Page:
I should really start this post with the disclaimer that there is not a single beet in this cake.
That may seem like superfluous information to some of you, like I’m just throwing out random tidbits of useless particulars. (So in that vein, for the record, it also contains not a leaf of swiss chard nor a floret of broccoli, regardless of how much that saddens my soul.)
But I had two people come up to me in lab inquiring about the root veggie-infusion status of it, so this is, like…a real thing.
After further investigation, I came into the knowledge that before the days when Paula Deen roamed the earth and felt like it was totally in her purview to tell the world that, not only is it okay to ingest four sticks of butter a day, but also that red velvet cake must be the most garish shade of crimson imaginable and so we all must lace our batters with at least a quarter cup of Red No. 40 (or else), probably before Red No. 40 even existed, tradition dictated that one use beets.
Sure, the color is more subtle. But you might even get some vitamin A out of the deal. (And be able to call it a breakfast food. Win/win.)
Anyways, I suppose that since my cake is more of a brick red than a firehouse red, it looks more like the beet version than any other. And while I have been known on occasion to put vegetables in my dessert (you can ask my brother about that, as he is still traumatized by a chocolate zucchini cake I made four years ago), I promise that is not the case here. I just used a tiny dollop of food gel as opposed to an entire bottle of food coloring. And since this particular batter has more cocoa powder than most that I’ve seen, the red is largely subdued.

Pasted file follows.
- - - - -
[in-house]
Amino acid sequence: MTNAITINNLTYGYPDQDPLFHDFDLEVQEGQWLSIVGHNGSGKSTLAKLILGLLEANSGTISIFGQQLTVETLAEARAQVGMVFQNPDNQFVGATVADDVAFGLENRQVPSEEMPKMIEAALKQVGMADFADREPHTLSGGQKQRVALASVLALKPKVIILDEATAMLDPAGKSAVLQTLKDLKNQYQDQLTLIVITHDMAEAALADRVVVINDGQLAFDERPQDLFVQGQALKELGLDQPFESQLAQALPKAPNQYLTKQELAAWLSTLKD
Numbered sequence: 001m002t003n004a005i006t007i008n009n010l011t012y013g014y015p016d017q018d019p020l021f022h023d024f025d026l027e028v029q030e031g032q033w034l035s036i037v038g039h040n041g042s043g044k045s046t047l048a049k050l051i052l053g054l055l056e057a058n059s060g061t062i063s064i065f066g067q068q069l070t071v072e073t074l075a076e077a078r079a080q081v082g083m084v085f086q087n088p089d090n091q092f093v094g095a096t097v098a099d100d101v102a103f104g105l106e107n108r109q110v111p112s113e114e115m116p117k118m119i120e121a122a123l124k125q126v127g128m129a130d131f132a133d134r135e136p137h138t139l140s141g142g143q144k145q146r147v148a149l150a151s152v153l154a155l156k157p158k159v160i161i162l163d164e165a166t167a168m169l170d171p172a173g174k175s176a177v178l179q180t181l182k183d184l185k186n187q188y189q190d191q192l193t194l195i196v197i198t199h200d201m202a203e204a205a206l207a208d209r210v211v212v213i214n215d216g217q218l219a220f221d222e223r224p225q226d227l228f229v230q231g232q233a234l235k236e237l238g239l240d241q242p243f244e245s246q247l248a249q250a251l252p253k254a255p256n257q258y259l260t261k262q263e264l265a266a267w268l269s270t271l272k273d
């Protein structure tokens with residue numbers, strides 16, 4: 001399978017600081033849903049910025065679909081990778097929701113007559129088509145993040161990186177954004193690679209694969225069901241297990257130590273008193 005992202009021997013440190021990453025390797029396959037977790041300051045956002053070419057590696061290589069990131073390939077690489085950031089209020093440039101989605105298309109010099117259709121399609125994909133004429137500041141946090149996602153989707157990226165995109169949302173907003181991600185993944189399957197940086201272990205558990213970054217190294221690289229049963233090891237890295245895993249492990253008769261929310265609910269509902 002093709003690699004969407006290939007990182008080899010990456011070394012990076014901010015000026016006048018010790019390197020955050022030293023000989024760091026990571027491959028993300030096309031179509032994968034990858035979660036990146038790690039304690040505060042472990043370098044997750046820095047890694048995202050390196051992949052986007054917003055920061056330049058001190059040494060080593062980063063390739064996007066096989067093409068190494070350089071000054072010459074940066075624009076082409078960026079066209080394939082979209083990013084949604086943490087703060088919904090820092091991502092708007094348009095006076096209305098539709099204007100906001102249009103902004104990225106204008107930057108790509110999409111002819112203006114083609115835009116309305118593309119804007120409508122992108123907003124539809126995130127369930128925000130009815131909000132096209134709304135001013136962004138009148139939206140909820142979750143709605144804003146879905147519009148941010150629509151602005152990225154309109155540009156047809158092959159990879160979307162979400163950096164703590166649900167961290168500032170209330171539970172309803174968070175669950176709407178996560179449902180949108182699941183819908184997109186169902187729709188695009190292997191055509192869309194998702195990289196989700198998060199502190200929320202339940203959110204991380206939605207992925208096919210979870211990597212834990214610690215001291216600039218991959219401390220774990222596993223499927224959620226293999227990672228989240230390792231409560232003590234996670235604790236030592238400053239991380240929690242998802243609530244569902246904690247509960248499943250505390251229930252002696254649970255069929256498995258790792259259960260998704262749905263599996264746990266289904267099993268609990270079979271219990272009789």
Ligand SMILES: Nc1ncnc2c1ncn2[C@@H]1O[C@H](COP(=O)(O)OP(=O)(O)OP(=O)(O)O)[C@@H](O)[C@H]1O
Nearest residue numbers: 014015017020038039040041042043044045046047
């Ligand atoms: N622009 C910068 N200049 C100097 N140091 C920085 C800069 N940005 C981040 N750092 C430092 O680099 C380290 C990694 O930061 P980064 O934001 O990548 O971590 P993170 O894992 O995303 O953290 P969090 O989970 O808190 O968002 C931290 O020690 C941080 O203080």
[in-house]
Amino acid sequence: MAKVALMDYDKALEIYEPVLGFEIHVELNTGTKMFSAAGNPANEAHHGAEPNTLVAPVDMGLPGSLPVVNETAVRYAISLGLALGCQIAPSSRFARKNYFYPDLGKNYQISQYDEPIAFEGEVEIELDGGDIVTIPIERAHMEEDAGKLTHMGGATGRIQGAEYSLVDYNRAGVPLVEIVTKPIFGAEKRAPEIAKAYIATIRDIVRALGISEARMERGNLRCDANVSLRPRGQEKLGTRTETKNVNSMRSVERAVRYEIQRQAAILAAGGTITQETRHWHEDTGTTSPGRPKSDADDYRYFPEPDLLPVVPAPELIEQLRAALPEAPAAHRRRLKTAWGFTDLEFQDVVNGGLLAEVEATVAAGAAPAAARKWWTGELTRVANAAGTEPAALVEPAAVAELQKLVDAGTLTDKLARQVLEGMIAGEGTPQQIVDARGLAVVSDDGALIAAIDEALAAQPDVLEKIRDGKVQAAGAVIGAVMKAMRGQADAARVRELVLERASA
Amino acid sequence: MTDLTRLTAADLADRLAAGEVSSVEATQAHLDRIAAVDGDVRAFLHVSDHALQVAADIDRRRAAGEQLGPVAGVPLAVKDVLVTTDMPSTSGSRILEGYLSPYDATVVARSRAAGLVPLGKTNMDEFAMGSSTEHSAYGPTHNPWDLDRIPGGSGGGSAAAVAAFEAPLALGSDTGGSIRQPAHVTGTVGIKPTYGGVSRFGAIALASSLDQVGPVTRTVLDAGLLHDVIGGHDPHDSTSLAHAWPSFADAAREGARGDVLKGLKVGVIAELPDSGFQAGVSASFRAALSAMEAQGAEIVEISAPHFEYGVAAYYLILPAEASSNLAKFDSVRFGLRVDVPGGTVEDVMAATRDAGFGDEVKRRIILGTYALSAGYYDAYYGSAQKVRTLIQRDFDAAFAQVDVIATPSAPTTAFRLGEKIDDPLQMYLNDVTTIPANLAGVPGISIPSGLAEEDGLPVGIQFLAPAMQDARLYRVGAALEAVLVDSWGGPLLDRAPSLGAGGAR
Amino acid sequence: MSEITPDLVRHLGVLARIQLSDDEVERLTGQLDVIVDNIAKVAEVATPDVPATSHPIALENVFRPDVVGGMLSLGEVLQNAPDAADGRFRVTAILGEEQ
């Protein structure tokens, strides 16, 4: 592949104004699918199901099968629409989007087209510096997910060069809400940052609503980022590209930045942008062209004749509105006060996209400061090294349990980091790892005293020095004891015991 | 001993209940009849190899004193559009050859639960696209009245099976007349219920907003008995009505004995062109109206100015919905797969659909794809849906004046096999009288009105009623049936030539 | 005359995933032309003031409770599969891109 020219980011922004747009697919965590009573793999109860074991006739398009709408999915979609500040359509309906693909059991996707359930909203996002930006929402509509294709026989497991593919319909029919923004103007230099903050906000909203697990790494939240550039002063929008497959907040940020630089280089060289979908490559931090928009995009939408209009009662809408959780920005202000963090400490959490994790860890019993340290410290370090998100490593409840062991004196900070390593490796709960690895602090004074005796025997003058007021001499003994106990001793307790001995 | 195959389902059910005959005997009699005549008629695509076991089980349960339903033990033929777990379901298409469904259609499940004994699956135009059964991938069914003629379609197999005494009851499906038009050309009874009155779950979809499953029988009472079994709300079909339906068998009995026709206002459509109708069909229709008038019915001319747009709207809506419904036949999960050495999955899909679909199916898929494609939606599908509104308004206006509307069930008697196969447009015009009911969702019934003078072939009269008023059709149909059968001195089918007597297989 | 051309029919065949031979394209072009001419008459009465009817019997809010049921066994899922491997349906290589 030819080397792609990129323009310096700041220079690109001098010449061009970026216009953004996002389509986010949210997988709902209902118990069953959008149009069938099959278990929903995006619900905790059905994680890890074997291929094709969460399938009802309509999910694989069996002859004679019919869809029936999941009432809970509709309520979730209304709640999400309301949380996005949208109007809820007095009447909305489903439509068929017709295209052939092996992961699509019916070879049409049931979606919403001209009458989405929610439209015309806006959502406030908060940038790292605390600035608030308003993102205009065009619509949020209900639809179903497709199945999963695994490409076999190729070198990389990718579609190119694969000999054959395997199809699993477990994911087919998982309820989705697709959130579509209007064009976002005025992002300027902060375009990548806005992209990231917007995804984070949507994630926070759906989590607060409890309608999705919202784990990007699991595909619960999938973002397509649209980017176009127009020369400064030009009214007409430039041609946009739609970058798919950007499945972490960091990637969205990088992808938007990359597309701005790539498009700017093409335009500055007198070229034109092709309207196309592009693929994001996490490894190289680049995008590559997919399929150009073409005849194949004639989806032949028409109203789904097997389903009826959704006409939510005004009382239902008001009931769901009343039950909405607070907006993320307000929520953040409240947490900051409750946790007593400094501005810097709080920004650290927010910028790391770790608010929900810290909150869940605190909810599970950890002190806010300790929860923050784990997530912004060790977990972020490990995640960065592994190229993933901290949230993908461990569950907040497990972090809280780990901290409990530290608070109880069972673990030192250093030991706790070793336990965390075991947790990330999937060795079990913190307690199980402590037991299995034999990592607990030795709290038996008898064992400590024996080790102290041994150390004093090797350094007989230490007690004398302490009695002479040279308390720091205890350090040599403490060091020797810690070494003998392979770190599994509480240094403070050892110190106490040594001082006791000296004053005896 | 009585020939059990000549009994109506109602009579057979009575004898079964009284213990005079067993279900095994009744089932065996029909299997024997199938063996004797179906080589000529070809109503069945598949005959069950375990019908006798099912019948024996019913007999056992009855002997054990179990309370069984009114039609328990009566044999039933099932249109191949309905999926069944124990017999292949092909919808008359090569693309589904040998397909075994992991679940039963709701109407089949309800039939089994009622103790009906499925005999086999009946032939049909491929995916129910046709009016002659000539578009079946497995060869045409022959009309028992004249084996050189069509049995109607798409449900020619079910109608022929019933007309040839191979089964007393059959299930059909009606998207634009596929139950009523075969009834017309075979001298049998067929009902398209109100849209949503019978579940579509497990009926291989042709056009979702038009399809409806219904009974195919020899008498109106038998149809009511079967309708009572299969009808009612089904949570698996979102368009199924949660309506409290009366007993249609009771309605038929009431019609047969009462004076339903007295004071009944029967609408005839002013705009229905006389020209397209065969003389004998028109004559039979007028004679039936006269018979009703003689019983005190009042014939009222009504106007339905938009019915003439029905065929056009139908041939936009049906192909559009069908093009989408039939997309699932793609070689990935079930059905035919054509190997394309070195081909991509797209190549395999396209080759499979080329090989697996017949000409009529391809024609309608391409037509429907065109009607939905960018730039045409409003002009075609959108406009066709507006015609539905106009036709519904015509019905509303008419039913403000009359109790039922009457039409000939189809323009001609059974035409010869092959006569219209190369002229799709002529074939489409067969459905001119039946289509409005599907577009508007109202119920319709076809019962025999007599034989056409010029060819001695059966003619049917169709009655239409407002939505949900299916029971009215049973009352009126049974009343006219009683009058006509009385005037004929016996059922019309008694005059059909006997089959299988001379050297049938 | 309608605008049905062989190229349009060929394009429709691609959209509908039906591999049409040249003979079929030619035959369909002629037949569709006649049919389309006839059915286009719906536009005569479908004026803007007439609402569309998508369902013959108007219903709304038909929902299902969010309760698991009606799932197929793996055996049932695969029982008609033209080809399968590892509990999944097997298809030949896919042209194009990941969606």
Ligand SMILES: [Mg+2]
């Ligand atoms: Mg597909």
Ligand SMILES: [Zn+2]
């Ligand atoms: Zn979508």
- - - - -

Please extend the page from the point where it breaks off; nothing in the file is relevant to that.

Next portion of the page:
Which, I pinky swear, does not make it any less delicious. It just means that you won’t turn your entire digestive system hot pink after eating it. And that has to be a good thing.
Red velvet cake is not about the color, anyway, it’s about the flavor. The hint of chocolate, the tang of buttermilk, the sweet tartness of cream cheese frosting…
…oh but wait, there’s none of that in here either. What the WHAT?!?!?
I know, my bad. But here’s the thing. Somehow when I combined low fat cream cheese, butter and powdered sugar in my mixing bowl, fully expecting it to turn into something thick and fluffy that I could for sure ice a cake with…I instead got soup. Cream cheese frosting soup. Soup that I then tried to thicken with cornstarch (since I had no more powdered sugar and had no desire of going to the supermarket. Again.). But to no avail. Still soup.
Non-ideal. But, because I’m not a quitter, I attempted to use it anyway because, you know, maybe that’s just how it’s supposed to be? Uh, not. All you’ll get by doing that is a drippy weird looking mess. So then I scraped off as much as I could and made whipped cream (you know, if life gives you lemons…).
And, surprisingly, it worked. Between the cake itself and the cinnamon buttercream filling, the whole thing is quite rich, so the light barely-sweet whipped cream topping (with just a hint of cream cheese tang from the thin coating that was inevitably left on) was just perfect.
A tad bit nontraditional, perhaps. But perfect nonetheless.